Deleting values is easy too:

// let's delete fred
delete dict.fred;
// fred is removed, the rest is still intact

// let's delete 2bob2
delete dict["2bob2"];

// let's delete our secret key
delete dict[key];

// now dict is empty

// let's replace it, recreating all original data
dict = {
  fred:    42,
  "2bob2": "twins!"
  // we can't add the original secret key because it was dynamic,
  // we can only add static keys
  // ...
  // oh well
  temp1:   val
// let's rename temp1 into our secret key:
if (key != "temp1") {
  dict[key] = dict.temp1; // copy the value
  delete dict.temp1;      // kill the old key
} else {
  // do nothing, we are good ;-)
  • 2
    Hello, I know I am replying to old answer, but it ranks high on Google, so I will ask anyway. I am kind of confused at what "we can't add the original secret key because it was dynamic, we can only add static keys" means in your example. – Karel Bílek Jul 14 '11 at 20:40
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    It means precisely what it says: we don't know its value, so we cannot represent it as a constant, which is required when specifying a key in an object literal. – Eugene Lazutkin Jul 15 '11 at 6:34
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    However, "we can't add the original secret key because it was dynamic" is not correct by itself, even though you cannot use a variable as a key directly in {}, or as a key with dot-notation. We can still add a dynamic key through "dict[key] = val", as you show early in the example. The limitation is with using the {}-notation, rather than the key itself. – Zut Aug 22 '12 at 12:38
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    This looks like Sheldon Cooper's answer :) – jpatiaga Mar 12 '13 at 21:23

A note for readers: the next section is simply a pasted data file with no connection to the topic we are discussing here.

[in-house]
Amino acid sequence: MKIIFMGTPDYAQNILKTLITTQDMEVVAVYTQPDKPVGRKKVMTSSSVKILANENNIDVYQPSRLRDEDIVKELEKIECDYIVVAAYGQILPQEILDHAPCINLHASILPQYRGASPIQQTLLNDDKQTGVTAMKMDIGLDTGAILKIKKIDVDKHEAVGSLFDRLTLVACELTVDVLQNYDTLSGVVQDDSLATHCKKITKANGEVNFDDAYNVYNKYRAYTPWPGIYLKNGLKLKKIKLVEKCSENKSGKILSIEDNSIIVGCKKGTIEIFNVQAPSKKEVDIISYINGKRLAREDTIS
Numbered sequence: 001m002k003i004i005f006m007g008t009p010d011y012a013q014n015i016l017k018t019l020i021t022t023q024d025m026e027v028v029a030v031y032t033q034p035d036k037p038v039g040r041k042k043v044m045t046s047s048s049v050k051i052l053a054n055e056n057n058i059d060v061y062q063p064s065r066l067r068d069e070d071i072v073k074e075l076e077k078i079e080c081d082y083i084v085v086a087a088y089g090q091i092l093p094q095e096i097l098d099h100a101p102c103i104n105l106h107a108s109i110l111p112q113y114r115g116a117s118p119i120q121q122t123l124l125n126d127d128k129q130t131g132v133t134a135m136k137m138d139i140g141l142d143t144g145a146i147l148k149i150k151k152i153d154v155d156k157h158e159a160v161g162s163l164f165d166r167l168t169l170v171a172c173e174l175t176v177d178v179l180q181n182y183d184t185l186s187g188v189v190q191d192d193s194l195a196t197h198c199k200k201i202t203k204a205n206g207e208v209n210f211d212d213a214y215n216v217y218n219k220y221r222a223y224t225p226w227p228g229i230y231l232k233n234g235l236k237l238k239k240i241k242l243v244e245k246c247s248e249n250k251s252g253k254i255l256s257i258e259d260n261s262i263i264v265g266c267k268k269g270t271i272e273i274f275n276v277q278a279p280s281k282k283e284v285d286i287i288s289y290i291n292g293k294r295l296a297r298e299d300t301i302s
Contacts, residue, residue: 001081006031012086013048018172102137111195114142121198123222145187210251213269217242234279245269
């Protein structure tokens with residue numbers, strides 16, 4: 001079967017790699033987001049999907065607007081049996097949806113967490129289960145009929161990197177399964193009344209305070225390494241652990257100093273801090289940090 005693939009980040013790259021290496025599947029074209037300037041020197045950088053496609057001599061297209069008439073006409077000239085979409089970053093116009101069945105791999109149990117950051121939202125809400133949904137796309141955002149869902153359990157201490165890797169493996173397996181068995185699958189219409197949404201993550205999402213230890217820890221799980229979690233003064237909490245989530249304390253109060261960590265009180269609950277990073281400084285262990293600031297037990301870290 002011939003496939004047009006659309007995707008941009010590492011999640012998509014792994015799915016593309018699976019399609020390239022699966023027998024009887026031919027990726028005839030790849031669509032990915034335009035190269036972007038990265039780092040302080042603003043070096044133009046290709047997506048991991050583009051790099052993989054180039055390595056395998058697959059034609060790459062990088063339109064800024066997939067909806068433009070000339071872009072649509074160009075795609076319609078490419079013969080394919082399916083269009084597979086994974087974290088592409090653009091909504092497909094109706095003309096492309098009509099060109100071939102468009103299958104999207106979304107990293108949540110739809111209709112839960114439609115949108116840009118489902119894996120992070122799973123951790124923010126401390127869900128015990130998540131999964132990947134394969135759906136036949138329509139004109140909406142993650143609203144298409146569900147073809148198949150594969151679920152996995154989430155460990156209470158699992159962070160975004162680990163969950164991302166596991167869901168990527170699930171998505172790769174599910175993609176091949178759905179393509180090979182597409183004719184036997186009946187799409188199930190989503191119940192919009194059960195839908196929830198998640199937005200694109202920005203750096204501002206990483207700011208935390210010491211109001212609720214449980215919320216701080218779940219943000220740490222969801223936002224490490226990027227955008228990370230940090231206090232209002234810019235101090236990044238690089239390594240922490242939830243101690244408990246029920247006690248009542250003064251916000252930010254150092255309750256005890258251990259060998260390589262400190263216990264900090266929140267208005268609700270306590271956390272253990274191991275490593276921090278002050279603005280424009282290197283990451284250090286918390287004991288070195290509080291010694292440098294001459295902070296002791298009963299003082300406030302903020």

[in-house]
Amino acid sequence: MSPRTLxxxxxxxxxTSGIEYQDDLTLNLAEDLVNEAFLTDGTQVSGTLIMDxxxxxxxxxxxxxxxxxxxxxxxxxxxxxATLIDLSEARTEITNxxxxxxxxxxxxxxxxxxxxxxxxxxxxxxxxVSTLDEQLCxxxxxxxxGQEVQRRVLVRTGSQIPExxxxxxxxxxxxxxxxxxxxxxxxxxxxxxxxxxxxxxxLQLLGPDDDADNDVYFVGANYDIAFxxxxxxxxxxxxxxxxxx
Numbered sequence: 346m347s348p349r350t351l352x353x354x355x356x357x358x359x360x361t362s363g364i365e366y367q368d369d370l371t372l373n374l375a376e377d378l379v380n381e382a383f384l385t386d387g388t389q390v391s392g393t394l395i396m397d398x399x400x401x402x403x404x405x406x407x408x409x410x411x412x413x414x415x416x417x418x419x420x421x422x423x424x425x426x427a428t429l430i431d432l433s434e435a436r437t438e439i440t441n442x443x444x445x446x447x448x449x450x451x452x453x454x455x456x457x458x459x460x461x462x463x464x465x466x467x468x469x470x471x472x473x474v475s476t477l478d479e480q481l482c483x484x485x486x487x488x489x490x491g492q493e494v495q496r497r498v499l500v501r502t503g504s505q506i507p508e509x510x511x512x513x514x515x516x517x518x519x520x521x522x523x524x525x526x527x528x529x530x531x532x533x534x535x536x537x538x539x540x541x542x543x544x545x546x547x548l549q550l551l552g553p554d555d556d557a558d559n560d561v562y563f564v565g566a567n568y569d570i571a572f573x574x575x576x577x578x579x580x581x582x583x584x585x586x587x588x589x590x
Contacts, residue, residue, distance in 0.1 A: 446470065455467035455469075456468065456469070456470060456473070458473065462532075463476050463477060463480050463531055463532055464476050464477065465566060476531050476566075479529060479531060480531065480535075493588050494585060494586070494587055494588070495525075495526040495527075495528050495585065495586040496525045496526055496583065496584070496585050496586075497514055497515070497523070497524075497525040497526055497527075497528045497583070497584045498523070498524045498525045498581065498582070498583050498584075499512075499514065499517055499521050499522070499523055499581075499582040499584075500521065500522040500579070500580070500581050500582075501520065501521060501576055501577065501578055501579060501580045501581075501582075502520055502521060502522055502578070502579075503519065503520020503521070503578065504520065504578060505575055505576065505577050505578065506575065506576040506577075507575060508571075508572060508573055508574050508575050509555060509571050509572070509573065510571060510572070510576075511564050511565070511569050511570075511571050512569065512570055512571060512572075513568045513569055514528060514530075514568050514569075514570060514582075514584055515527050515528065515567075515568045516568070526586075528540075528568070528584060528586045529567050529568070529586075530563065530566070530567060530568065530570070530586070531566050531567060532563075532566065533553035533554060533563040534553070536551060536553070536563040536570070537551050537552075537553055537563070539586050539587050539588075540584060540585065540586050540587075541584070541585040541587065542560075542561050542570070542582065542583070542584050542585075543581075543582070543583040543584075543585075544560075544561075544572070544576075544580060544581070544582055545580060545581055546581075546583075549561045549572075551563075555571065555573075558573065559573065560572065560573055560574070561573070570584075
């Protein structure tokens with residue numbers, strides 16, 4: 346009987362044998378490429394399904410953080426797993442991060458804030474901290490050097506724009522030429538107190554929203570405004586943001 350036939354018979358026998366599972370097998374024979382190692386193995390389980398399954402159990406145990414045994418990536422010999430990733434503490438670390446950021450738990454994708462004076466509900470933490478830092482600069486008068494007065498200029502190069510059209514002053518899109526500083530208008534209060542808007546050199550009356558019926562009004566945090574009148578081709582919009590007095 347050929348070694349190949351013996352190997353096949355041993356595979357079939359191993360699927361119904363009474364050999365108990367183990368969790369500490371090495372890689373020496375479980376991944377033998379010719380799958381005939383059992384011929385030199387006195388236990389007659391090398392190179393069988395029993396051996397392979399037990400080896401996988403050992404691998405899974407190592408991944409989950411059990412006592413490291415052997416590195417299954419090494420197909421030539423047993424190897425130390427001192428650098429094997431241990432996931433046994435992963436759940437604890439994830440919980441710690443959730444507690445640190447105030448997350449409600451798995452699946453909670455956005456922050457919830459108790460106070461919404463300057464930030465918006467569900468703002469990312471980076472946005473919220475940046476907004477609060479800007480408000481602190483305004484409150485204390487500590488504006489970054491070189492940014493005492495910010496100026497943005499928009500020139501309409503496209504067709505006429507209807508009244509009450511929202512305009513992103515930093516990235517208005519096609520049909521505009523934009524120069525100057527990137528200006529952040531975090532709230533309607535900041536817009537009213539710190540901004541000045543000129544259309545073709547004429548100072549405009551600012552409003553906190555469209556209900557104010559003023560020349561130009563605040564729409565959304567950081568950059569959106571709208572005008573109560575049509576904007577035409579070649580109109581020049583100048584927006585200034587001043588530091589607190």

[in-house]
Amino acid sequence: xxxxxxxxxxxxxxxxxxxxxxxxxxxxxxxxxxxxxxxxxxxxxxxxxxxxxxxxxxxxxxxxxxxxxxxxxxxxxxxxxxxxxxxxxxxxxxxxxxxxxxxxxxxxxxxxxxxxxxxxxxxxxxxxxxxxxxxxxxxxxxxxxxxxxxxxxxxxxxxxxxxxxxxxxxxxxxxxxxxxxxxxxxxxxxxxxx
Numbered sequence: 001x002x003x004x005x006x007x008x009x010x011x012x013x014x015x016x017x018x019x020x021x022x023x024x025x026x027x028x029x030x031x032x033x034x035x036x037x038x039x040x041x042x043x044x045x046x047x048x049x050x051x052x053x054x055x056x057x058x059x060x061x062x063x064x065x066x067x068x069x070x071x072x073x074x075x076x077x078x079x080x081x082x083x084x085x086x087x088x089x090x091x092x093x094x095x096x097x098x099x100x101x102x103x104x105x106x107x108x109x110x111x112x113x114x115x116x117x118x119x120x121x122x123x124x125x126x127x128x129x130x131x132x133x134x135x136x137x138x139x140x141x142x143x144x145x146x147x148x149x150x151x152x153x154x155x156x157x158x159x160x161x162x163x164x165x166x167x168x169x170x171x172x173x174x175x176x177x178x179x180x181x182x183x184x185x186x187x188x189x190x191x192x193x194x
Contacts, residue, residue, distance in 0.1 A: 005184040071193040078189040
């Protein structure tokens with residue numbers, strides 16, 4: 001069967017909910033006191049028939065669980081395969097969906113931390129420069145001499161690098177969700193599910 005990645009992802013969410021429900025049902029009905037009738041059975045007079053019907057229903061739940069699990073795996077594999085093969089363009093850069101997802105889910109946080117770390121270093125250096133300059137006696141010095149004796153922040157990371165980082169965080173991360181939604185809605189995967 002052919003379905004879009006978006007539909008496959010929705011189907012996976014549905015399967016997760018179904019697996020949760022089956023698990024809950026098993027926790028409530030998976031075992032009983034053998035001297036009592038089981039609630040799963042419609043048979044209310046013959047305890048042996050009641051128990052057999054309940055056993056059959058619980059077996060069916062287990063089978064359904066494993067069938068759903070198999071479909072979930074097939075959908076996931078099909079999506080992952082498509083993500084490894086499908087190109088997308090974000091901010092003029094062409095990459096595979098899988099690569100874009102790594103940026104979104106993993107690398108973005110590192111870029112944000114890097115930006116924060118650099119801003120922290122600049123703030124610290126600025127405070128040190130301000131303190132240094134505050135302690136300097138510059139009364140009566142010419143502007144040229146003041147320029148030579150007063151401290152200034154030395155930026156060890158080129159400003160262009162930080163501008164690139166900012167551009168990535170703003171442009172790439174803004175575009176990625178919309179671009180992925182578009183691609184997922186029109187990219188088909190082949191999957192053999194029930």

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    perfect complete answer, should be the default – Dennis Golomazov Jul 26 '13 at 7:40

Javascript does not have associative arrays, it has objects.

The following lines of code all do exactly the same thing - set the 'name' field on an object to 'orion'.

var f = new Object(); f.name = 'orion';
var f = new Object(); f['name'] = 'orion';
var f = new Array(); f.name = 'orion';
var f = new Array(); f['name'] = 'orion';
var f = new XMLHttpRequest(); f['name'] = 'orion';

It looks like you have an associative array because an Array is also an Object - however you're not actually adding things into the array at all, you're setting fields on the object.

Now that that is cleared up, here is a working solution to your example

var text = '{ name = oscar }'
var dict = new Object();

// Remove {} and spaces
var cleaned = text.replace(/[{} ]/g, '');

// split into key and value
var kvp = cleaned.split('=');

// put in the object
dict[ kvp[0] ] = kvp[1];
alert( dict.name ); // prints oscar.
  • Assuming the text string actually does have the curly braces, you could more or less treat it as JSON.. replace the = sign with a : and you've got an object to eval.. – neonski Dec 9 '08 at 3:15
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    Ooops, the string isn't delimited properly. Nothing regex can't fix. – neonski Dec 9 '08 at 3:18

In response to MK_Dev, one is able to iterate, but not consecutively. (For that obviously an array is needed)

Quick google search brings up hash tables in javascript

Example code for looping over values in a hash (from aforementioned link):

var myArray = new Array();
myArray['one'] = 1;
myArray['two'] = 2;
myArray['three'] = 3;

// show the values stored
for (var i in myArray) {